Saddam was shooting at our planes daily in violation of the cease fire he had signed with us plus he had put a $25,000 reward to anyone who carried out a suicide bombing or terrorist attack on US facilities. This doesn't count the gassing of thousands of Kurds and the raping and murdering of Christians and other ethnics in Iraq. He was a mad man who wanted to take control of that region.

Our primary national interests in the Middle East is two fold. First, is to protect the free flow of oil at market prices. Second, it to protect Israel the only democracy in the area. As an aside, it is the only country in the Middle East culturally capable of democratic rule because all the others are Muslim which is incongruent with individual freedom and democratic government.

So, let's not let time change why we went into Iraq. I will grant that after the stunning success of GEN Tommy Frank's initial invasion the Bush administration let political correctness and politics play too much of a part in follow on actions. He should have looked at MacArthur's handling of post-war Japan as an example rather than listening to the squmish who want to "fight gently with limited force".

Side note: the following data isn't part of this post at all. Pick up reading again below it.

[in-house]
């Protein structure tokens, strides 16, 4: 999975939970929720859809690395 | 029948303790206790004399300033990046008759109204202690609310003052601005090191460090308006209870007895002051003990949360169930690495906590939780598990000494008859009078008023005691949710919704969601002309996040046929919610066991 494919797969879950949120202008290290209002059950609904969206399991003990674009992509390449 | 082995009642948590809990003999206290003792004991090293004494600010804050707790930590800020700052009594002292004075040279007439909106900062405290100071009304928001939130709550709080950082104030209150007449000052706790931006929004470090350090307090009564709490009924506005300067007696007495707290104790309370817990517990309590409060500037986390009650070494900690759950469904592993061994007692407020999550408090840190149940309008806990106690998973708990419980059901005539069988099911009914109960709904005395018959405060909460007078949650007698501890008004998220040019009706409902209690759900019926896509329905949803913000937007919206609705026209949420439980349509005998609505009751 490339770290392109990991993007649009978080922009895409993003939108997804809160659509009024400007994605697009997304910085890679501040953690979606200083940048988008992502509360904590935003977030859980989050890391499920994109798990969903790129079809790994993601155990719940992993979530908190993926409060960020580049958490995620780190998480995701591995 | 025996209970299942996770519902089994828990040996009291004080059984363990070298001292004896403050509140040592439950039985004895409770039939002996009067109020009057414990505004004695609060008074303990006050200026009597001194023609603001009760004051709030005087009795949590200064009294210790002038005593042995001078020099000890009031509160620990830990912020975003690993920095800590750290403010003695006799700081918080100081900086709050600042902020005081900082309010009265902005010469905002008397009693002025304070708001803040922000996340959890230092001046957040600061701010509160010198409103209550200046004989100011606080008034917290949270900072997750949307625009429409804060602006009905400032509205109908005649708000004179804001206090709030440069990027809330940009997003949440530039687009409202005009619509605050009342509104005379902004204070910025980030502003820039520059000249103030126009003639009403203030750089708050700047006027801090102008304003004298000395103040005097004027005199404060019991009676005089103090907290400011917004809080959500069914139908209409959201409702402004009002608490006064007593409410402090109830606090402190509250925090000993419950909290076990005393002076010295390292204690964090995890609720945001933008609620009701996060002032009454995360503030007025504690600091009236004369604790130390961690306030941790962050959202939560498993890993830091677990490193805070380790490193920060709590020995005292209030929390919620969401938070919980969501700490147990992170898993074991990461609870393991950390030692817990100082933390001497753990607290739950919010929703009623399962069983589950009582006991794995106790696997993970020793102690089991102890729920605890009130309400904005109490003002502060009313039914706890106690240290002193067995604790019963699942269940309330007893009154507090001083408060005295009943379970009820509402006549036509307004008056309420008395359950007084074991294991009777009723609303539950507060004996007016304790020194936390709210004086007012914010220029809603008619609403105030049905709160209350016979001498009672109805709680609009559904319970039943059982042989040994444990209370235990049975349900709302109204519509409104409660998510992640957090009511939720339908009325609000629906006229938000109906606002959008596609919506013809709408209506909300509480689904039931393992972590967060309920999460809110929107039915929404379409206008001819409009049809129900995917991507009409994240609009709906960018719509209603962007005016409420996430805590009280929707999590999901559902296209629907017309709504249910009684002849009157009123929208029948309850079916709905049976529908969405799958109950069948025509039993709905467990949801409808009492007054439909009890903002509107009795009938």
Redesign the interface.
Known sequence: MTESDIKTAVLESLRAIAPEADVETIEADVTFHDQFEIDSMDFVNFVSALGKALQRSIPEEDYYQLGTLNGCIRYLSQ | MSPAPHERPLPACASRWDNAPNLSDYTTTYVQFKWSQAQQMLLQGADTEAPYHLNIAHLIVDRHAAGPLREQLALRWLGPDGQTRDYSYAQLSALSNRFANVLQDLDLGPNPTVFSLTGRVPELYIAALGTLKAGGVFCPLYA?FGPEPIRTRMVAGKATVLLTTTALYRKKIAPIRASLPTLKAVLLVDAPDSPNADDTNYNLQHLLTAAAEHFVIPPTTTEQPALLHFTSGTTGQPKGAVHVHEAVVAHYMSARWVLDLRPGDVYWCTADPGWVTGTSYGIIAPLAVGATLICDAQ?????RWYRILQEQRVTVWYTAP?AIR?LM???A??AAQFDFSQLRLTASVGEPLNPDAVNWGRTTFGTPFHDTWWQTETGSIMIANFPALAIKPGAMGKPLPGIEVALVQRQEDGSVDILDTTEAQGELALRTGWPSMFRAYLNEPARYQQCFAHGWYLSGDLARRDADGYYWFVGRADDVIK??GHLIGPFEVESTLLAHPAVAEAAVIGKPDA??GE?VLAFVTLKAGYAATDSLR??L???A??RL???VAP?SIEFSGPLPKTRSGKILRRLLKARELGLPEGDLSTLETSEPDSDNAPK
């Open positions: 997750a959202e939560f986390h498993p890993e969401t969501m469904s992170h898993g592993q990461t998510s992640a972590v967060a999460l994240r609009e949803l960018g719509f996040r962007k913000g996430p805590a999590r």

Darby
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Darby 09/22/13 - 11:13 pm
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Jeff - Your column was a bit long and rambling,

but your closing was right on the money.

Our 44th POTUS will not be received well by historians. Not even the more liberal ones.

I'm talking twenty to twenty-five years down the line when affirmative action and liberal guilt are no longer motivating factors.

He'll be right up (down) there with Herbert Hoover, James Buchanan and Franklin Pierce.